York County officials on Monday unveiled a plan to remodel the Interstate 77 interchange at Carowinds that will require millions of dollars and cooperation between public and private interests.
The plan calls for lessening traffic congestion, reducing visual clutter, spurring economic development and, most importantly, creating a gateway into York County and South Carolina.
"I have people who come into my restaurant and ask, 'Are we in North Carolina or South Carolina?'" said Steve Perterson, general manager of the Wendy's on Carowinds Boulevard. "I'm looking forward to this."
Peterson was one of many stakeholders interviewed by York County planning officials in developing the plan. Buy-in and participation from Fort Mill Township property owners is essential for the plan's success, according to the study.
The study looked at 1,870 acres straddling the interstate and identified five key factors: aesthetics, ranging from dilapidated buildings to confusing signs; crowded roadways handling in excess of 65,000 vehicles daily; regulatory challenges; a lack of business diversity; and stakeholder involvement.
Key recommendations included more enforcement of the property codes, common signage, changing the comprehensive plan and zoning to encourage more mixed-use and multifamily development and landscaping.
Some of the physical improvements are already on the state's road budget. Changes totaling $2.25 million to Springhill Farm Road and its intersections with Stateview Boulevard and Flint Hill Road, as well as more turn lanes on S.C. 51, are already funded. Upgrading S.C. 51 and Springhill Farm Road each to five lanes is projected to cost $22.3 million, which is unfunded.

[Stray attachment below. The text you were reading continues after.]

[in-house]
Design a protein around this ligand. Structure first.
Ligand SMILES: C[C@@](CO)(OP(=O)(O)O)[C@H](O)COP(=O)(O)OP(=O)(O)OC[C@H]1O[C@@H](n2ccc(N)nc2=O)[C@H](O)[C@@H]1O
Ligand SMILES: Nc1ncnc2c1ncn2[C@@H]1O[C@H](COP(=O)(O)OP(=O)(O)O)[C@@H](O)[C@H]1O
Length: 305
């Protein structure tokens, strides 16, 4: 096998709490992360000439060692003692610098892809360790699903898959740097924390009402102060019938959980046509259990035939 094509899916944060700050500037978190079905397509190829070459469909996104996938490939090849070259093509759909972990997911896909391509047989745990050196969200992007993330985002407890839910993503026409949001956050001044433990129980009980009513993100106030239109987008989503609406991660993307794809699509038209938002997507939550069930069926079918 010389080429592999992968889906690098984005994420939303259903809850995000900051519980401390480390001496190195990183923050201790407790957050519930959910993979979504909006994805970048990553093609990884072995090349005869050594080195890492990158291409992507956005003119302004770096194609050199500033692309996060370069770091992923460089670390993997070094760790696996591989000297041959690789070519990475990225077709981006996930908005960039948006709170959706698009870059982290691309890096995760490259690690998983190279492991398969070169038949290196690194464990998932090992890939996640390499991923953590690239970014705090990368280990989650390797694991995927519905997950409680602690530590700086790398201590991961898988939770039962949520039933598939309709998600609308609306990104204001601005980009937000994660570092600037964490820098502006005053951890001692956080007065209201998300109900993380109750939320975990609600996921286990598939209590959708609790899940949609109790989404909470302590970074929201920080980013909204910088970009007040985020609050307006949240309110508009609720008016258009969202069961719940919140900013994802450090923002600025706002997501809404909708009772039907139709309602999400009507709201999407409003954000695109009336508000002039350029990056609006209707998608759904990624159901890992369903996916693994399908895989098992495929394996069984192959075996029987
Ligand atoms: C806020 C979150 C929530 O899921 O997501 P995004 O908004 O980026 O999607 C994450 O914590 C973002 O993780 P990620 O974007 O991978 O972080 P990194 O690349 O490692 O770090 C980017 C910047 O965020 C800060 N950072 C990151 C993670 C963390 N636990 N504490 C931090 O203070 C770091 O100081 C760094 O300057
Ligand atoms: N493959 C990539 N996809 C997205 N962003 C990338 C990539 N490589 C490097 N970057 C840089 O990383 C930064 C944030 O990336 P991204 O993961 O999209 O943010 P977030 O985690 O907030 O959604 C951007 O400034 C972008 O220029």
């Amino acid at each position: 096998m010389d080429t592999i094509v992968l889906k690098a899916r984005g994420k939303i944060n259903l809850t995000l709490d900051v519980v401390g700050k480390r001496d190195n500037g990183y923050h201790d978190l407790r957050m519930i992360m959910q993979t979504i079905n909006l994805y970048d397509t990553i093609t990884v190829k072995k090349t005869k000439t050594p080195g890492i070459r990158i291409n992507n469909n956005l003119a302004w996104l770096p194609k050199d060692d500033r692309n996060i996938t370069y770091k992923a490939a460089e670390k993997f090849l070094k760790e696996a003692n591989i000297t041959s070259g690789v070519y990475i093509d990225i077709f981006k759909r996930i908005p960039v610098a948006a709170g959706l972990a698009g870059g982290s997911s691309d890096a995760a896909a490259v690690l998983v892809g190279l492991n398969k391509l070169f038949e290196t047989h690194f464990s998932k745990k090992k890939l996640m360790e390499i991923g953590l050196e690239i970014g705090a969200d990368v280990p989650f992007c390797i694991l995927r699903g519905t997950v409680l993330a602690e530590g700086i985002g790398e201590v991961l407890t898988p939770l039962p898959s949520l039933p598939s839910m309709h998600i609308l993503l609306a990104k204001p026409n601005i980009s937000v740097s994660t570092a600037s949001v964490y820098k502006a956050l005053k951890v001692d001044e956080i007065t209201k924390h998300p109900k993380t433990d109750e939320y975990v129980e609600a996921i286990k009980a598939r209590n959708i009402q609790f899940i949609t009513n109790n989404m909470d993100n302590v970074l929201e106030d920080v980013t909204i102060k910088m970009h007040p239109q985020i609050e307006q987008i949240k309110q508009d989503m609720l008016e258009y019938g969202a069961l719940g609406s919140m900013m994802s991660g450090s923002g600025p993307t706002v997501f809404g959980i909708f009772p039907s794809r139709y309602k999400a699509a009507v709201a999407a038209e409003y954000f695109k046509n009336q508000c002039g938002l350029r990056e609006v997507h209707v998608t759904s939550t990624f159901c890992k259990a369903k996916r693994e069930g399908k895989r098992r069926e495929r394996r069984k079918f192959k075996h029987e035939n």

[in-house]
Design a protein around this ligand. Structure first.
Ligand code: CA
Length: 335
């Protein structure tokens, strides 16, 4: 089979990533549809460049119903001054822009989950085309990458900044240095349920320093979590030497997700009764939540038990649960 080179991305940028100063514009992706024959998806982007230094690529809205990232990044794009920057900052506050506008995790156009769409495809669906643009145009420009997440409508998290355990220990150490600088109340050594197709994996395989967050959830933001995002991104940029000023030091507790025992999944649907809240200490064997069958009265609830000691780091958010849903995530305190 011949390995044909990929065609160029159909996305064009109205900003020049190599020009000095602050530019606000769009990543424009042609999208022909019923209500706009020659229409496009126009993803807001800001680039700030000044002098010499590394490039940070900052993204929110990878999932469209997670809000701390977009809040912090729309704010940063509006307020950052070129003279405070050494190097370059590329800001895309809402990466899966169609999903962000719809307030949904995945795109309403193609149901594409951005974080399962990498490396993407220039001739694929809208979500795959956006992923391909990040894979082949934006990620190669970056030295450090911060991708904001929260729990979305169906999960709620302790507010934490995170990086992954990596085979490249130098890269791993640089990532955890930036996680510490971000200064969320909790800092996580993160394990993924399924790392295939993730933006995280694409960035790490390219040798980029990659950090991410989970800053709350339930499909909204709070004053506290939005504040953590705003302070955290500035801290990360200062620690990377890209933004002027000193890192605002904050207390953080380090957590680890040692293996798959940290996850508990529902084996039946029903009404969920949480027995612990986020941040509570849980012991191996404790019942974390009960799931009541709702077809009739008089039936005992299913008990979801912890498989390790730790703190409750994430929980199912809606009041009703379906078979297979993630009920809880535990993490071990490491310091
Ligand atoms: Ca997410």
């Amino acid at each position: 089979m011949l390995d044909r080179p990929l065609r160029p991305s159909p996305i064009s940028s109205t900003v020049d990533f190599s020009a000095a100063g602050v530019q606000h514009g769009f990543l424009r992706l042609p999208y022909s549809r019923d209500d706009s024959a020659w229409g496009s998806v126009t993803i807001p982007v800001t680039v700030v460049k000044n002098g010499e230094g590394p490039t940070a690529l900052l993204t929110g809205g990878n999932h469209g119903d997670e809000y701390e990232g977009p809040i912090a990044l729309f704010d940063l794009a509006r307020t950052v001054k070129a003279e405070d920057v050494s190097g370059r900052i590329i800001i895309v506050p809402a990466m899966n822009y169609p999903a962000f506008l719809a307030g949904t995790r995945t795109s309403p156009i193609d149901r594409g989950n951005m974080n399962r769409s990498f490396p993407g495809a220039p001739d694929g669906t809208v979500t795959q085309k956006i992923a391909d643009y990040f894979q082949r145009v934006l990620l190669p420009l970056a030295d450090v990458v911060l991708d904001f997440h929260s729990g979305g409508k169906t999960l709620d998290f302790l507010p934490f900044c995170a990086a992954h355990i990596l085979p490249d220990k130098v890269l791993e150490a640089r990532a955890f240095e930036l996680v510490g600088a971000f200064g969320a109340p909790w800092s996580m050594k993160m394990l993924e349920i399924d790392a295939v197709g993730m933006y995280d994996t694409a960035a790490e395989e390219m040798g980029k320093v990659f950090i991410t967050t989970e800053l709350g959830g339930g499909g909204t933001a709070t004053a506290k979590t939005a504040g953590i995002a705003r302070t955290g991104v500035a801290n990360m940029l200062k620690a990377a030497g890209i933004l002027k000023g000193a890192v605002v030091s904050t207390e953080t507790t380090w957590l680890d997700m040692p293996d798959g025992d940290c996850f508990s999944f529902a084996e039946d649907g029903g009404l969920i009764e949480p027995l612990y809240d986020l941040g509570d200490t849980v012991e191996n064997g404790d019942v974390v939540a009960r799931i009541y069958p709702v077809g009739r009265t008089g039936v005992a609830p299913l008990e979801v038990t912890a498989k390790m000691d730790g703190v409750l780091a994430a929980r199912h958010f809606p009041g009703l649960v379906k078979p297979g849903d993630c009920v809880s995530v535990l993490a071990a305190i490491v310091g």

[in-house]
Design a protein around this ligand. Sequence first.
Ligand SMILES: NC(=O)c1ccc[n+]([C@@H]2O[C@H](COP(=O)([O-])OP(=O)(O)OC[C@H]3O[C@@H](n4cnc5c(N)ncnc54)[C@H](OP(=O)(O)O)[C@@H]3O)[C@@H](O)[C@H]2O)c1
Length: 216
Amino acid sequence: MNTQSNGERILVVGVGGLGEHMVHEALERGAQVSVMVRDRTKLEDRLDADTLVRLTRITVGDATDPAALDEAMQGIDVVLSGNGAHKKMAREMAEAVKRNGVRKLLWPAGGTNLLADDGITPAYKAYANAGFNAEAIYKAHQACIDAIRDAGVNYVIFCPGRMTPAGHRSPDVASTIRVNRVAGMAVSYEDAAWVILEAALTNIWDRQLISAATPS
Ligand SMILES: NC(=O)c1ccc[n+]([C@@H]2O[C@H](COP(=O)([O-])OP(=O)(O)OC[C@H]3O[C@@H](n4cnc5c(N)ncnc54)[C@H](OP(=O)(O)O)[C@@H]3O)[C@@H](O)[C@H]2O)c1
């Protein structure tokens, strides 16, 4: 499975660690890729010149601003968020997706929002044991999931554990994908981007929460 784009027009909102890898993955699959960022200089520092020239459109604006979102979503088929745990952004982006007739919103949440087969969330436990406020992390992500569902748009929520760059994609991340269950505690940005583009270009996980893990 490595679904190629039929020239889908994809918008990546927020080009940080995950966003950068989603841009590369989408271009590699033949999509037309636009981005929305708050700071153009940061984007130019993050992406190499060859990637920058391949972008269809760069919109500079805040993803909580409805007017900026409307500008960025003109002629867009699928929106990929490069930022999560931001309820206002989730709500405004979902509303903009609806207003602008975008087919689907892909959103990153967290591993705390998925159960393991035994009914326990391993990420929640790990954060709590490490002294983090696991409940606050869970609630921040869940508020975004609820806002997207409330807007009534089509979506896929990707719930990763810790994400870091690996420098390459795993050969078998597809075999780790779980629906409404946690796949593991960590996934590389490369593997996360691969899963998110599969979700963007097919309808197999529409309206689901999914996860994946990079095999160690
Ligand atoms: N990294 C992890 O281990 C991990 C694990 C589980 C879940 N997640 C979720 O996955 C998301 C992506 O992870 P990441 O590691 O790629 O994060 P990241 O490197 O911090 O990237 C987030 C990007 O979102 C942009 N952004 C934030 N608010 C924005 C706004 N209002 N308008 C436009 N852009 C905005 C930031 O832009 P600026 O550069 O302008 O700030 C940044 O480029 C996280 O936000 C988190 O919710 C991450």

No cost estimate was provided to expand the I-77 southbound on-ramp to eliminate backups from Carowinds Boulevard.
To gain more business diversity, the plan noted some people wanted major retail development at the intersection. The plan said that would be difficult given the intersection's proximity to major shopping centers just across the border in North Carolina.
The plan also calls for a prominent gateway feature to let people know they have arrived in South Carolina. York County Council members said that feature should let people know they have arrived in the county, too.
The council took no action on the plan which still has to go to the Planning Commission and have a public hearing.
After the presentation, Phil Murdock of Rock Hill presented a possible development scenario for 28 acres on the southwest side of the I- 77 interchange. His proposal is designed to address the need for more flexible-use space as an economic development incentive.
His proposal included public investment, which several council members said was unlikely. Murdock collapsed during the discussion.
He was helped from the room and an ambulance was called. Murdock said he was OK before being treated.